Taking It to the Next Level SLP Patrice Mosher and her son, Johnathan. Audiologist: “I’m sorry, Mrs. Mosher, but your son didn’t pass the newborn hearing screen.” Me: “No…What?” Audiologist: “It’s probably amniotic fluid in the ear canal. Come back in a few weeks and we’ll try again.” I had been a speech-language pathologist for ... E-luminations
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E-luminations  |   August 01, 2012
Taking It to the Next Level
Author Notes
  • Patrice Mosher, MA, CCC-SLP, is a speech-language pathologist at the Rowan-Salisbury schools. She can be reached at patrice.mosher@gmail.com.
    Patrice Mosher, MA, CCC-SLP, is a speech-language pathologist at the Rowan-Salisbury schools. She can be reached at patrice.mosher@gmail.com.×
Article Information
Hearing Disorders / Hearing Aids, Cochlear Implants & Assistive Technology / Special Populations / Genetic & Congenital Disorders / Early Identification & Intervention / School-Based Settings / E-luminations
E-luminations   |   August 01, 2012
Taking It to the Next Level
The ASHA Leader, August 2012, Vol. 17, online only. doi:10.1044/leader.EL.17102012.np
The ASHA Leader, August 2012, Vol. 17, online only. doi:10.1044/leader.EL.17102012.np
SLP Patrice Mosher and her son, Johnathan.
Audiologist: “I’m sorry, Mrs. Mosher, but your son didn’t pass the newborn hearing screen.”
Me: “No…What?”
Audiologist: “It’s probably amniotic fluid in the ear canal. Come back in a few weeks and we’ll try again.”
I had been a speech-language pathologist for eight years when I heard those words. I was working with 15 students with a hearing loss. Their backgrounds included hearing aids, cochlear implants, interpreters, and transliterator. I had taken signing and cueing classes and I had completed an internship at a school for the deaf.
My son, Jonathan, failed another hearing screen, then another. I soon made an appointment at University of North Carolina Hospitals in Chapel Hill, to see a pediatric audiologist for a hearing evaluation.
Jonathan was diagnosed with a bilateral severe/profound hearing loss.
What did I do? I took prenatal vitamins? I didn’t drink. I didn’t smoke. I didn’t even do caffeine. I was devastated. I dug up every textbook from my audiology and aural rehab classes. I researched every ASHA journal. I sought counsel from BEGINNINGS, an organization in North Carolina that offers free, non-biased information for parents with children with hearing loss. A representative came to my home and explained our options to us. I also received information and videos about the three cochlear implant companies. I memorized them.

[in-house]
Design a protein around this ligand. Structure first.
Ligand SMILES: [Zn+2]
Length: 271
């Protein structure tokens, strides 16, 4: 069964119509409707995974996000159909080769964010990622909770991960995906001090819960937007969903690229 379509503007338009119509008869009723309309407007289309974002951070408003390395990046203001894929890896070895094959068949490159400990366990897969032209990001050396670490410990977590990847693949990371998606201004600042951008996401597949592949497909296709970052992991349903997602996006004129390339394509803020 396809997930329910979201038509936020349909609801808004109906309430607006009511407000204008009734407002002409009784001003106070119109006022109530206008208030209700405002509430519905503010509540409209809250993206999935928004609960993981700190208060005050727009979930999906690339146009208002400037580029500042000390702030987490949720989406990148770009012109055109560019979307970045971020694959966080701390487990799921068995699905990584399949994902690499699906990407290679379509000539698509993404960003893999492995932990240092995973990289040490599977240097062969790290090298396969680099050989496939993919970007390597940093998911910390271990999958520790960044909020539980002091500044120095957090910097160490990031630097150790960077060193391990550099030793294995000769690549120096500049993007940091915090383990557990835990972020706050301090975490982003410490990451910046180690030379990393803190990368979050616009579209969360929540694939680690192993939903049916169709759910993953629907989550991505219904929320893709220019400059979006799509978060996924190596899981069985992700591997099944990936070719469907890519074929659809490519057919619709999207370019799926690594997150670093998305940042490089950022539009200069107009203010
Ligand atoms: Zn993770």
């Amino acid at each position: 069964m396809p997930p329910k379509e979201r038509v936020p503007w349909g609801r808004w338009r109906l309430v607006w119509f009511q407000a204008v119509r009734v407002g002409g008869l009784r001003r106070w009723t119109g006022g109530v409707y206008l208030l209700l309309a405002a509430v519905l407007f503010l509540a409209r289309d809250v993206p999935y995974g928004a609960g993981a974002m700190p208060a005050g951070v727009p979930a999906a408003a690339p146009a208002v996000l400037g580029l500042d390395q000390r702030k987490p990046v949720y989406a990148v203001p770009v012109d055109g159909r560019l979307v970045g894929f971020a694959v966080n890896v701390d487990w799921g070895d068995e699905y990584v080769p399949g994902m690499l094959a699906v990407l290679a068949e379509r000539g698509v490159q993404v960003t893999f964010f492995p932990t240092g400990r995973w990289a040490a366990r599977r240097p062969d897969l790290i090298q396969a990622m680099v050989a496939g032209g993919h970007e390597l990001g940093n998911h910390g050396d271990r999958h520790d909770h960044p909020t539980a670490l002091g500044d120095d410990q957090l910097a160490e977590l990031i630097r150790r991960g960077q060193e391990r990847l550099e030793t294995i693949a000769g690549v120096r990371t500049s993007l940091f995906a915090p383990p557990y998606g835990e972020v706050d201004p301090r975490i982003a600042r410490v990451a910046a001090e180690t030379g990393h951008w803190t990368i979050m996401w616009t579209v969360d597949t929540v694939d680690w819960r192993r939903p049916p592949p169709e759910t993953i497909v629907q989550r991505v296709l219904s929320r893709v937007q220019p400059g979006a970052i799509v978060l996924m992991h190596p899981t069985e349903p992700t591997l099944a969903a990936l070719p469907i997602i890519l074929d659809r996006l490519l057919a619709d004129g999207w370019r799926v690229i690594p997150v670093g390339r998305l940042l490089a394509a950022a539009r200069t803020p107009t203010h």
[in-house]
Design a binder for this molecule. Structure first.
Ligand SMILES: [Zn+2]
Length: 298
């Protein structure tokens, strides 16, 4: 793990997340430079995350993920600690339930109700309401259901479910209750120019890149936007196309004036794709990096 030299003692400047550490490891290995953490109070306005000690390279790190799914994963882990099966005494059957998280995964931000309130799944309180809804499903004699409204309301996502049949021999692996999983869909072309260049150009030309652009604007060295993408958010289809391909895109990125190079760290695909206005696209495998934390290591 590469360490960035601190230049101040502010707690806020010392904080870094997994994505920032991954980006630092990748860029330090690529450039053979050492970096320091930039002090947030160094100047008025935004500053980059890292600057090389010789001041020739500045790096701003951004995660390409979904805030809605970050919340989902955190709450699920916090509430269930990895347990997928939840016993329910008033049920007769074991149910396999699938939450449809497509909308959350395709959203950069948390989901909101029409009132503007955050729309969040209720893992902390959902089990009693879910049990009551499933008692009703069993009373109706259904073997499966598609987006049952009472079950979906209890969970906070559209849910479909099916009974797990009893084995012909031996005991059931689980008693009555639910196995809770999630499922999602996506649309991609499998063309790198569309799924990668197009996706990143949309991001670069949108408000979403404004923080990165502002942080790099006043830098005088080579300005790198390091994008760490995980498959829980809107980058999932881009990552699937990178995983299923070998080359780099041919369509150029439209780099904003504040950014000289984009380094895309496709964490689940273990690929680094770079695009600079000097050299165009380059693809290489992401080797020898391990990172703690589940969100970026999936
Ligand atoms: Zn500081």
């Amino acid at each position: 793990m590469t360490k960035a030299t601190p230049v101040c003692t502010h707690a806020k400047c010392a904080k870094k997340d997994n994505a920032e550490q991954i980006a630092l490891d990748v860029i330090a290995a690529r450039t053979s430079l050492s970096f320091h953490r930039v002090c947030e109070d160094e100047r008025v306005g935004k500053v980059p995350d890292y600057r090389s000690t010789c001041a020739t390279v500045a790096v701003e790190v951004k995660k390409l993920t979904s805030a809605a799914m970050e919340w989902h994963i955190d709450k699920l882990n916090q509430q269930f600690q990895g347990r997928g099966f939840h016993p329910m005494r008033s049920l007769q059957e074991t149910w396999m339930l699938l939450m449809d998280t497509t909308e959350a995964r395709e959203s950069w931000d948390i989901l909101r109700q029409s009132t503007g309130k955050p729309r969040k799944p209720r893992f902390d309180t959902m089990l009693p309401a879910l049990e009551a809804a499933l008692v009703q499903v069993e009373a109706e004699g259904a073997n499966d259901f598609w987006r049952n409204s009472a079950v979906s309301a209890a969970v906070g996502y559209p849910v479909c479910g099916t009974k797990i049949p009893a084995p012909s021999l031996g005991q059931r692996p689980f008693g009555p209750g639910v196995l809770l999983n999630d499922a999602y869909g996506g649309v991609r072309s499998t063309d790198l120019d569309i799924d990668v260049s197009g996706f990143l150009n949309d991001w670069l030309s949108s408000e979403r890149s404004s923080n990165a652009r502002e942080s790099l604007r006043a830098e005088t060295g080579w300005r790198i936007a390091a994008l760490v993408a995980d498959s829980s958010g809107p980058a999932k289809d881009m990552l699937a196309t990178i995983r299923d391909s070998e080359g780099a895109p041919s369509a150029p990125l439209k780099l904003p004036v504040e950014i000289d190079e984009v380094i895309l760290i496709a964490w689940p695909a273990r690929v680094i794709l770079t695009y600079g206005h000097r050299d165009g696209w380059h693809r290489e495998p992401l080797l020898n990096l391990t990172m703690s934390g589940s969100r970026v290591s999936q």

Jonathan received his first set of hearing aids at 9 weeks old. He started receiving auditory verbal therapy through early intervention at 9 weeks old. It was all going so fast! My world became full of appointments for ear molds, therapy, and hearing tests. My days were spent working on the Auditory Learning Guide, Learn to Listen Sounds, Bloom and Lahey, and the Ling Sound test. The SLP part of me knew I was doing the right thing. The mommy part of me was trying to hold it together.
I attended a local parent support group called “HITCH-UP” (Hearing Impaired Toddlers and Children Have Unlimited Potential). My friends and my colleagues sympathized with me, but I needed more. I needed someone who had heard the same diagnosis. I also went to the support group for my oldest son, Stephan, who was hearing. He was in a unique position and I felt that it was important for him to have support, too.
After months of therapy, UNC suggested that we might consider a cochlear implant. I attended the North Carolina AG Bell Conference where one model caught my eye. It was a device that could be pinned on his shirt at his shoulder. After much research and consideration, it was the right choice for us.
During the pre-op blood work, we discovered the cause for his hearing loss, Connexin-26. His dad and I both have the same recessive gene. I had no idea! Knowing the cause was another piece of the puzzle for me.
Jonathan received his first cochlear implant in his left ear when he was 12 months old. He continued to use his hearing aid in his right ear. Progress in therapy sped up. As he improved, so did I. He attended a mainstream preschool when he was 2 years old for a few mornings a week. He also attended an auditory-oral preschool program when he was 3. The combination of the two settings gave him the intense services he needed, as well as the exposure to typically developing peers.
Jonathan received his second cochlear implant in his right ear when he turned 5 after several appeals with my insurance company. He had to go through the same process to acquire the audition skills in his right ear, but it went quickly.
Jonathan will be mainstreamed in fourth grade at his private school. He “graduated” from speech-language treatment a year ago. When I read that he had closed the language gap, I cried! He is on the honor roll and excels in flag football and basketball. He came in second place in the third-grade spelling bee! Go Jonathan! His favorite musical artists include YES, Rush, Michael Jackson, and Justin Timberlake.
When I came out of graduate school, I thought I was a decent SLP. But after becoming a mom—a mom with a student with special needs—I have a much deeper understanding of what it is like to hear evaluation results, create goals, and to sign that individualized education program. My experience has changed the SLP that I have become.
If I could go back 10 years, I would love to have seen where he is today. The combination of an early diagnosis, early amplification, and early intervention has made a huge impact on my son’s life. As a speech-language pathologist and as a mom, I respect everyone’s right to choose the path that is right for his or her family. The path we have chosen is working for us.
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August 2012
Volume 17, Issue 10